The airports across the United States have been using aqueous film-forming foam (AFFF), the premier firefighting foam in the United States for several decades. AFFF contains per- and poly-fluoroalkyl substances (PFASs), which are a large family of man-made fluorinated chemicals with thermal stability that enhances its ability to rapidly extinguish hazardous fires.
The U.S. Department of Labor’s Office of Workers’ Compensation Programs (OWCP) announced changes to the self-insurance process for coal mine operators that it says will better support the Black Lung Disability Trust Fund.
The Black Lung Benefits Act requires each coal mine operator to secure the payment of its potential benefits liability by either qualifying as a self-insurer or by purchasing and maintaining a commercial insurance contract.
The coronavirus continues to claim victims; new incidents at Chevron’s Richmond, California refinery and OSHA launches a website to help it commemorate its 50th anniversary. These were among the top stories featured on ISHN.com this week.
Over 300 workplace substances have been identified to cause new-onset asthma and the list continues to grow 1, 2. Other substances can aggravate pre-existing asthma, causing increased illness and medication requirements. Work-related asthma (WRA) comprises both new-onset and work-aggravated asthma3. An estimated 15-55% of all adult asthma is related to work4-7.
OSHA has made changes to its national emphasis program (NEP) on silica, which is intended to identify and reduce or eliminate worker exposures to respirable crystalline silica (RCS) in general industry, maritime, and construction. The NEP targets specific industries expected to have the highest exposures to RCS.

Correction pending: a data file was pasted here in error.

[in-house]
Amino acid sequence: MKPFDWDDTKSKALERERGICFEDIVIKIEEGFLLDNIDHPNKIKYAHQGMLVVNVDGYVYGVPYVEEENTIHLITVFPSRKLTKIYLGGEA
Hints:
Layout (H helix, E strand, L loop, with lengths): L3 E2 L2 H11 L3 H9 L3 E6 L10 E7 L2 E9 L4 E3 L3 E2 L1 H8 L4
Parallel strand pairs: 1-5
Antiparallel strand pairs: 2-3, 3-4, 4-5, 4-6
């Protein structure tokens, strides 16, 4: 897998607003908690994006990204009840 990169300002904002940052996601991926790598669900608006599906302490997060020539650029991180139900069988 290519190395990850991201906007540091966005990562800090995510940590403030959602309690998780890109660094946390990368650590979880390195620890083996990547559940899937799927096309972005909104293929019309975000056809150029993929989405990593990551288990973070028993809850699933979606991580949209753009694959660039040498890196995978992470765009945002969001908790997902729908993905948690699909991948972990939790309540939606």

There were 24 mining fatalities in the U.S. in 2019, the U.S. Department of Labor’s Mine Safety and Health Administration (MSHA) reports. This is the fewest annual fatalities ever recorded, and only the fifth year in MSHA’s 43-year history that mining fatalities were below 30.
Workplace toxins that are inadvertently tracked by employees into their homes serve “as an intriguing example of how occupational conditions can have broader public health consequences,” according to scientists who’ve studied the problem.
In Eliminating Take-Home Exposures: Recognizing the Role of Occupational Health and Safety in Broader Community Health, researchers reframe the problem as one arising from unsanitary worker behavior – the current thinking – to a larger issue that needs to be viewed through an ecosocial lens in order to institute effective prevention.
Australia’s largest union representing workers in construction, forestry, maritime and mining and energy is demanding urgent national action on silicosis after revelations that 1-in-5 Queensland stone workers tested positive to the potentially fatal disease.
The Construction, Forestry, Maritime, Mining and Energy Union (CFMEU ) says the severity of the risks associated with engineered stone products calls for a nationally coordinated approach rather than piecemeal regulations and health monitoring programs.
With 2020 barely underway, the poultry industry has already experienced two workplace fatalities, at facilities in two different states. The National Council for Occupational Safety and Health (National COSH) says those incidents, along with a government-approved increase in line speeds at poultry slaughterhouses, illustrate the need for safety reforms in the industry. The poultry industry maintains that employees are considerably safer now on the job than in the past, and points to Bureau of Labor Statistics (BLS) data to back up that claim.
When OSHA celebrates an anniversary, it does it up big. The federal agency otherwise known as the U.S. Department of Labor's Occupational Safety and Health Administration (OSHA) plans to commemorate its 50th anniversary this year with a yearlong celebration of past achievements, current events and future initiatives.
The Williams-Steiger Occupational Safety and Health Act signed into law by President Richard M. Nixon on December 29, 1970 – that one that created OSHA – gave the federal government the authority to set and enforce safety and health standards for most of the country's workers.